The national interest waiver green card “waives” the labor certification requirement of a job offer and shortage of U.S. workers.
The chief advantage to the national interest waiver is that it allows the foreign national applicant to self-sponsor. As a result, the applicant may change jobs or even engage in self-employment so long as other conditions are met. There are two types of National Interest Waivers. The first applies to any individual in any occupation but the second applies only to certain physicians.
General National Interest Waiver
To obtain a National Interest Waiver from the employer sponsor and labor certification requirements under this category, the foreign national must hold an advanced degree or demonstrate exceptional ability. In addition, the applicant’s work must (1) have substantial intrinsic merit, (2) be national in scope, and (3) serve the national interest to a substantially greater degree than an equivalent U.S. worker.
Areas of “substantial intrinsic merit” include such things as:
- Improving the US economy;
- Improving wages and working conditions for US workers;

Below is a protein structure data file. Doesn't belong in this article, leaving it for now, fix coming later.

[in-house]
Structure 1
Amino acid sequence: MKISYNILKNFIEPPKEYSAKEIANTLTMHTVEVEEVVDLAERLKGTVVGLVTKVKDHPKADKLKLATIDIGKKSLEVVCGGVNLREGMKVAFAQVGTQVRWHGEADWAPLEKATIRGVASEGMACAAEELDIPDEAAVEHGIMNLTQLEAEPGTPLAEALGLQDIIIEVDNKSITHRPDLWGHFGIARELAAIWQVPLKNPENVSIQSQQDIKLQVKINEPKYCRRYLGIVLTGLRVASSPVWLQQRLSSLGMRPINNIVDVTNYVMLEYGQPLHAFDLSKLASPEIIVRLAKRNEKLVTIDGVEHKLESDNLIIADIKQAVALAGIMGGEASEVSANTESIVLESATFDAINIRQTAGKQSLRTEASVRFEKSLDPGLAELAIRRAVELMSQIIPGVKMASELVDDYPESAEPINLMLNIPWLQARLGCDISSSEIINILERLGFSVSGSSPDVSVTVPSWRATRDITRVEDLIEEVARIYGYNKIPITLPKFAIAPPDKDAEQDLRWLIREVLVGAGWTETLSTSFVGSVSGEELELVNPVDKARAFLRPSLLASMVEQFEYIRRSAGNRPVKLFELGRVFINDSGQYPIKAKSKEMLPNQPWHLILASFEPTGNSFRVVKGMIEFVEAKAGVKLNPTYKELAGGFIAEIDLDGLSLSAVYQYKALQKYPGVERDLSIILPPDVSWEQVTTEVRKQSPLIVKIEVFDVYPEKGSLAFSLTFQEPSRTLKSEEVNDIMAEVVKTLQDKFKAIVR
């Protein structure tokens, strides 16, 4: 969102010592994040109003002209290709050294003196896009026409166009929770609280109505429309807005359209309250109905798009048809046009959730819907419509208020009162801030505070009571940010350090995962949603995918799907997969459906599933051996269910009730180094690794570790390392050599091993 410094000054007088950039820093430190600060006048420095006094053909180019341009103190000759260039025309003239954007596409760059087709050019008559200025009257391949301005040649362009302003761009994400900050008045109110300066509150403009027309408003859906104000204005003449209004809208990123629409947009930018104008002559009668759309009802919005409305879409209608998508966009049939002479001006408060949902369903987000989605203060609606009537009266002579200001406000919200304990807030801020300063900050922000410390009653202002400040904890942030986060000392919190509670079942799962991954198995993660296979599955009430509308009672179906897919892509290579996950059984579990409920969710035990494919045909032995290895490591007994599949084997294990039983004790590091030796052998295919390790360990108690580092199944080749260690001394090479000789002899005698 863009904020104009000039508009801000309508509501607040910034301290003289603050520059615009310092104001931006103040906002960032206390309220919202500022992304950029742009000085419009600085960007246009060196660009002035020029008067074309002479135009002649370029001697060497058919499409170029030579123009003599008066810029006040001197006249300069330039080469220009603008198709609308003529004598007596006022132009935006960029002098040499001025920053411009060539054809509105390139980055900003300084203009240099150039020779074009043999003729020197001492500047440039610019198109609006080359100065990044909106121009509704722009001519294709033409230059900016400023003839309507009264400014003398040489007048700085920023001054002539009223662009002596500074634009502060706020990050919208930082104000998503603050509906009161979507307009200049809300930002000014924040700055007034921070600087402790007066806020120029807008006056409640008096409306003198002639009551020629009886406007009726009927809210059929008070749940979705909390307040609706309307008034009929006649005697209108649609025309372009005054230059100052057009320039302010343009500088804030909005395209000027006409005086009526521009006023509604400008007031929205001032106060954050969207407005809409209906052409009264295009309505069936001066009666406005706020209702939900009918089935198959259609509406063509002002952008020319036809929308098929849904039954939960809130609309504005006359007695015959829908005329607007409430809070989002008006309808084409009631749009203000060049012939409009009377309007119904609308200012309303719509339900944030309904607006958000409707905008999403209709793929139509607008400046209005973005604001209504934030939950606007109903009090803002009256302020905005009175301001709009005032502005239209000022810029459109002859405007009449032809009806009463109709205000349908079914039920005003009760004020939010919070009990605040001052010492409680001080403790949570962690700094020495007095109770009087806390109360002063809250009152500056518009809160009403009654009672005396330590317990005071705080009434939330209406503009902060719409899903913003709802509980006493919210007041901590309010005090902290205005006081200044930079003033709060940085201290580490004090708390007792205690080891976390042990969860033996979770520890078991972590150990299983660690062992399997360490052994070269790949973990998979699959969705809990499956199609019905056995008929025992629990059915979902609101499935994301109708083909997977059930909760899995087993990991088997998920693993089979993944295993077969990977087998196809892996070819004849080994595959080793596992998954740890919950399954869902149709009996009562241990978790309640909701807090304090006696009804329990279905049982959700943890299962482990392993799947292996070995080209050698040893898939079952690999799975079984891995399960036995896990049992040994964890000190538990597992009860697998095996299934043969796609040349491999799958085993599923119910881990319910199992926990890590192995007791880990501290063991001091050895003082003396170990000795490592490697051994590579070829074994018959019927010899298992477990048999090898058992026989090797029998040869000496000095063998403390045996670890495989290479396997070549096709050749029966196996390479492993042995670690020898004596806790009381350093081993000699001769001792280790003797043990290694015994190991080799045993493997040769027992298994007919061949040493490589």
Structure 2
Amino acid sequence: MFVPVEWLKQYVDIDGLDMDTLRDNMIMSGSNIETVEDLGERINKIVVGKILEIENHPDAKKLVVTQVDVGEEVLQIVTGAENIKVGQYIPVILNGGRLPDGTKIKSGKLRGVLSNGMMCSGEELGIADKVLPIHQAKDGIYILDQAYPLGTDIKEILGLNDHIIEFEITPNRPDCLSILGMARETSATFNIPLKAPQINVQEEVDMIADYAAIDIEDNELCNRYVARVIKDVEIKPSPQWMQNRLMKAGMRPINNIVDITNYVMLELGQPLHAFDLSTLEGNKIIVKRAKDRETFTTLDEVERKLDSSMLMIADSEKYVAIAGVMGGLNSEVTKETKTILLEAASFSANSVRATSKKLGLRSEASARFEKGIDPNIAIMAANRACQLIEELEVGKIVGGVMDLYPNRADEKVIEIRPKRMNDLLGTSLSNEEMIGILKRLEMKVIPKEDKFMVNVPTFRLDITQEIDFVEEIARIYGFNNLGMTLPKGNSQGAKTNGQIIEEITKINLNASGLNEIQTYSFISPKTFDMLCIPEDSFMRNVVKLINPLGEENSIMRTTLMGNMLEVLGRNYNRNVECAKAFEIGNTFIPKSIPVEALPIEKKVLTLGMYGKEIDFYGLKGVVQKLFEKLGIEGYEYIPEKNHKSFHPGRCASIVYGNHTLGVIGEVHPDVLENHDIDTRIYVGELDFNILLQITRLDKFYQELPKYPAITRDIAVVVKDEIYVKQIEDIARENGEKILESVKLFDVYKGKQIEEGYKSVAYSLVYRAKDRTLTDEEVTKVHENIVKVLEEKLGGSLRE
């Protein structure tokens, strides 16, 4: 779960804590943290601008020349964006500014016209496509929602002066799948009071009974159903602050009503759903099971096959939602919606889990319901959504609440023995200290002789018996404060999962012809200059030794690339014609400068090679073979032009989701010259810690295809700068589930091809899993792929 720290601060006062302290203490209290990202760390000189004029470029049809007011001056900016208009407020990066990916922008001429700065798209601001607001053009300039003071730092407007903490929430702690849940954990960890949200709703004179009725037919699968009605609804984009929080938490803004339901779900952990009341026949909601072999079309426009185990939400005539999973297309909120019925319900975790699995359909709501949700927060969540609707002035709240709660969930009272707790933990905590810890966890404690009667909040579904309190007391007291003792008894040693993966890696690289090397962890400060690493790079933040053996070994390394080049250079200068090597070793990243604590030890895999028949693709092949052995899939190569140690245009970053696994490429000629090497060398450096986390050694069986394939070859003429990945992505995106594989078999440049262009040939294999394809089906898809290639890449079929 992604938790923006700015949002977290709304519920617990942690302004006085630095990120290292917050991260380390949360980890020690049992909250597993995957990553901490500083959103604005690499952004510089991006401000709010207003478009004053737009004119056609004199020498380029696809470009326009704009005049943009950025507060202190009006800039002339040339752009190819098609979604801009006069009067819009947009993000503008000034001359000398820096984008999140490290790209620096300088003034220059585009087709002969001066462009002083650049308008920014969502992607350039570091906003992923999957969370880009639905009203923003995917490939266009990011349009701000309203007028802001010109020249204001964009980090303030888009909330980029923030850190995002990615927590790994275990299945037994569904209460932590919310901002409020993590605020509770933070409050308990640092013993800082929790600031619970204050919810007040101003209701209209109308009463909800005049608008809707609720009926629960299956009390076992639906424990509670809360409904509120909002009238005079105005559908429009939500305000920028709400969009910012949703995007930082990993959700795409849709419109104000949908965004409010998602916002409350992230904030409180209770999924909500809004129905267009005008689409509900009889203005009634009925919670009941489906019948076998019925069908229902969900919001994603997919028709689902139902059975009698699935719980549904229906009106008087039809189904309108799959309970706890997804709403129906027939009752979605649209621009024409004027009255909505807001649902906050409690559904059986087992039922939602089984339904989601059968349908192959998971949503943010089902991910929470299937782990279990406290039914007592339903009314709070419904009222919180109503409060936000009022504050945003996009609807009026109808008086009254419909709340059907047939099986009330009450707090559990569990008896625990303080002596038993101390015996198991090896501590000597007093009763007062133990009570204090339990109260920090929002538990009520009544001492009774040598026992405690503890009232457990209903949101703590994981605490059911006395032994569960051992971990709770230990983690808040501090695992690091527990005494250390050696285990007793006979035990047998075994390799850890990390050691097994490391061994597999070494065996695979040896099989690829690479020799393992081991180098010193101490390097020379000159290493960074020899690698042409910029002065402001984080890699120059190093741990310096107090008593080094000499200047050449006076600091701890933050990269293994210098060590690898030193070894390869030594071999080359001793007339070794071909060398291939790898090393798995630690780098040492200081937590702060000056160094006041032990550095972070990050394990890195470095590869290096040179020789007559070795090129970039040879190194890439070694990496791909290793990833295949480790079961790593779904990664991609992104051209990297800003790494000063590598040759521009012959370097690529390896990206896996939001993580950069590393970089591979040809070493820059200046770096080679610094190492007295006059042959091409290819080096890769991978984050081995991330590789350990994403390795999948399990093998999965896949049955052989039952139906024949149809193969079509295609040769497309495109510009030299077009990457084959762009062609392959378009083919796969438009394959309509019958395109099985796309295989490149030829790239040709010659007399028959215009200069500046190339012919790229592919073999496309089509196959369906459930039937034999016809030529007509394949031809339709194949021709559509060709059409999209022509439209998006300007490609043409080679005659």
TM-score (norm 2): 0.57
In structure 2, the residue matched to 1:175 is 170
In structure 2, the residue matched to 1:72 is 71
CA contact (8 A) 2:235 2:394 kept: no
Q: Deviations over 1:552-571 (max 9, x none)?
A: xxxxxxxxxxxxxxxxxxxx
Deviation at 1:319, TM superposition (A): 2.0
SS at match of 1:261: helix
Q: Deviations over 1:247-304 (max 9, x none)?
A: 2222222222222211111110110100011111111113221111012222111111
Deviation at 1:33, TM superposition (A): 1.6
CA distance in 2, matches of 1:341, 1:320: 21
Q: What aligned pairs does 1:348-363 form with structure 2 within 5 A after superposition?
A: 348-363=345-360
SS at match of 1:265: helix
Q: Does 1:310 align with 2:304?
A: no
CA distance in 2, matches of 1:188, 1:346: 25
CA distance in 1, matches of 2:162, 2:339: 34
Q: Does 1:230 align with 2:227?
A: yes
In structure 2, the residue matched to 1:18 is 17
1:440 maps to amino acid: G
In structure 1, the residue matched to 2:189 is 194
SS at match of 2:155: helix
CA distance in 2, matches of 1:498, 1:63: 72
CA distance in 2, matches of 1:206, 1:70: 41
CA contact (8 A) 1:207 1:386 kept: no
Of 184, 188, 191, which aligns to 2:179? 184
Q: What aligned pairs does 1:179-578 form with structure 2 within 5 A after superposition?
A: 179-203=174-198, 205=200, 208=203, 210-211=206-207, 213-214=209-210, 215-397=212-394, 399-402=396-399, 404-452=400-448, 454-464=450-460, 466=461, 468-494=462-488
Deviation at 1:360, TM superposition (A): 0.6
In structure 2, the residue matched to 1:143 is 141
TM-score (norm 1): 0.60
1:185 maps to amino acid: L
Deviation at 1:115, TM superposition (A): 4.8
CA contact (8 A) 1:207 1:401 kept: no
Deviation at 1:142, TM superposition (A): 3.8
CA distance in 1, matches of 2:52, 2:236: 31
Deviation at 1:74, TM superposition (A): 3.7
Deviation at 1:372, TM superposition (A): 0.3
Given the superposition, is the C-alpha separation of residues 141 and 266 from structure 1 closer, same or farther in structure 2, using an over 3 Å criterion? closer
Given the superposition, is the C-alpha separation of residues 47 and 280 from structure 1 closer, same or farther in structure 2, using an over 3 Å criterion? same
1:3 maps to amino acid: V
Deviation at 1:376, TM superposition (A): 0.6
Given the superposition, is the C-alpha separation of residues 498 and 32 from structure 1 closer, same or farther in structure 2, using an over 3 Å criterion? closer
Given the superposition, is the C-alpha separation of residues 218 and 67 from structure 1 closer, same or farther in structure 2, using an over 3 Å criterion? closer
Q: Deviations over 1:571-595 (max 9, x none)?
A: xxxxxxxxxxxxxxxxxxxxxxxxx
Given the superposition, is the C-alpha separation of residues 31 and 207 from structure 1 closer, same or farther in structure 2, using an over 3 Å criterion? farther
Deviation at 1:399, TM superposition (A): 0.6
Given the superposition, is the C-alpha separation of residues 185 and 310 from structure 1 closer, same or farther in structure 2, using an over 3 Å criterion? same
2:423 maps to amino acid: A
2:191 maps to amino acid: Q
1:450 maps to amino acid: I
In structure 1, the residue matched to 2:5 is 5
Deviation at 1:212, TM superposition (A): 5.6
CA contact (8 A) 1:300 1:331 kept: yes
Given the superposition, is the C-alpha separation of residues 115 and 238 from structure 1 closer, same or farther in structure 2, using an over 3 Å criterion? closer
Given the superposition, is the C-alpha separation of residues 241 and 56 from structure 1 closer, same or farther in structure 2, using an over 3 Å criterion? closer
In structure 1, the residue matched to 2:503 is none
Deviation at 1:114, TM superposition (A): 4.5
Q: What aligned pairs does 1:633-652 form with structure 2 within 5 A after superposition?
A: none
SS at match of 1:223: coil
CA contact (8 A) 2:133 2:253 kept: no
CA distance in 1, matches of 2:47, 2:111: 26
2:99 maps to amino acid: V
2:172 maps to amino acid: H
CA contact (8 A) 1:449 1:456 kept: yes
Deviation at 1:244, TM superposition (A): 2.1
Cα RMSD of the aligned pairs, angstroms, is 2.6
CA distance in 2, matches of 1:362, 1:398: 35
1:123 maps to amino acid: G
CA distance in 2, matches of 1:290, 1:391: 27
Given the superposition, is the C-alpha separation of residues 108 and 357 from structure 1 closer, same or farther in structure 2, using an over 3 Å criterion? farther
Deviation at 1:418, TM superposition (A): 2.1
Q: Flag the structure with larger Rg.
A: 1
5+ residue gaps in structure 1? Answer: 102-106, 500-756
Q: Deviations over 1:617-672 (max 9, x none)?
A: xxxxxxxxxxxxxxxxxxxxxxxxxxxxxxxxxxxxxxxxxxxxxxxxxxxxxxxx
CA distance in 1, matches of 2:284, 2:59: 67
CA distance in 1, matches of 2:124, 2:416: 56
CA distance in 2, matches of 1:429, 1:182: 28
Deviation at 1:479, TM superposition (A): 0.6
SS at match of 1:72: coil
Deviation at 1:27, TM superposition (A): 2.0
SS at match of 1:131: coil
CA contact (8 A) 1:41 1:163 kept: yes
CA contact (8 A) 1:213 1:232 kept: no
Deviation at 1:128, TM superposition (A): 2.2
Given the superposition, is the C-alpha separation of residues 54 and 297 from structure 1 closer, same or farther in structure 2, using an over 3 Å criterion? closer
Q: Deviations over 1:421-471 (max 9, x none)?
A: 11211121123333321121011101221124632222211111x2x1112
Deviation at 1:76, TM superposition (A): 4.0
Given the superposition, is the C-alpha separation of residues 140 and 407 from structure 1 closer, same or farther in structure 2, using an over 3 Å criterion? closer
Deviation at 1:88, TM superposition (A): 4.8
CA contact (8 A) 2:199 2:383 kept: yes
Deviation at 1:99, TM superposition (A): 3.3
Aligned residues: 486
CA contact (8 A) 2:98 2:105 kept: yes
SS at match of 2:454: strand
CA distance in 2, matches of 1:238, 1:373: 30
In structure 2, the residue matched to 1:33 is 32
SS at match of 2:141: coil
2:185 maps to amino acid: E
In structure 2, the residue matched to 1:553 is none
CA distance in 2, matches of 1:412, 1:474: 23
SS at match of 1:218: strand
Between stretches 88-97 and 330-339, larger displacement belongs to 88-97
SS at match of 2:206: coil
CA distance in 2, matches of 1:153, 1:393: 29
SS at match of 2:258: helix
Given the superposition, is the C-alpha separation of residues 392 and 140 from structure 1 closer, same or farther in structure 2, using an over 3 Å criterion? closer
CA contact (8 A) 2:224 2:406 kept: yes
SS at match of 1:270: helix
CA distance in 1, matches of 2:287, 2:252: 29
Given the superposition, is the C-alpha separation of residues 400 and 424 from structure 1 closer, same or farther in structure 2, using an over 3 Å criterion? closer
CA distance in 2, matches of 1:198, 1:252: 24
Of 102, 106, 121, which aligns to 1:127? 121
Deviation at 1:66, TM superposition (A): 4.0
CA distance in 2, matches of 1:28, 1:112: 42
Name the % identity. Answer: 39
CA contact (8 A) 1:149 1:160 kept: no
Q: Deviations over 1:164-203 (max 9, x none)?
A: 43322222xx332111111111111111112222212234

- Improving education and programs for US children and under-qualified workers;
- Improving health care;
- Providing more affordable housing;
- Improving the US environment and making more productive use of natural resources; or
- A request by an interested government agency.
Want to know more about the national interest waiver and other green card options for top international professionals, check out this video presentation.
Physician National Interest Waiver
Fortunately, Congress has passed special rules regarding National Interest Waivers for physicians who work in VA hospitals or in medically underserved areas. These physicians may obtain permanent residence; provided that they perform full-time medical service in a qualifying facility for five of the six years following the approval of their National Interest Waiver. After the physician has completed all five years of medical service, the DHS will approve the permanent residence application and issue the green card. To the extent the physician has served in an underserved area as part of his J-1 waiver requirements, this time will count towards the five-year requirement.
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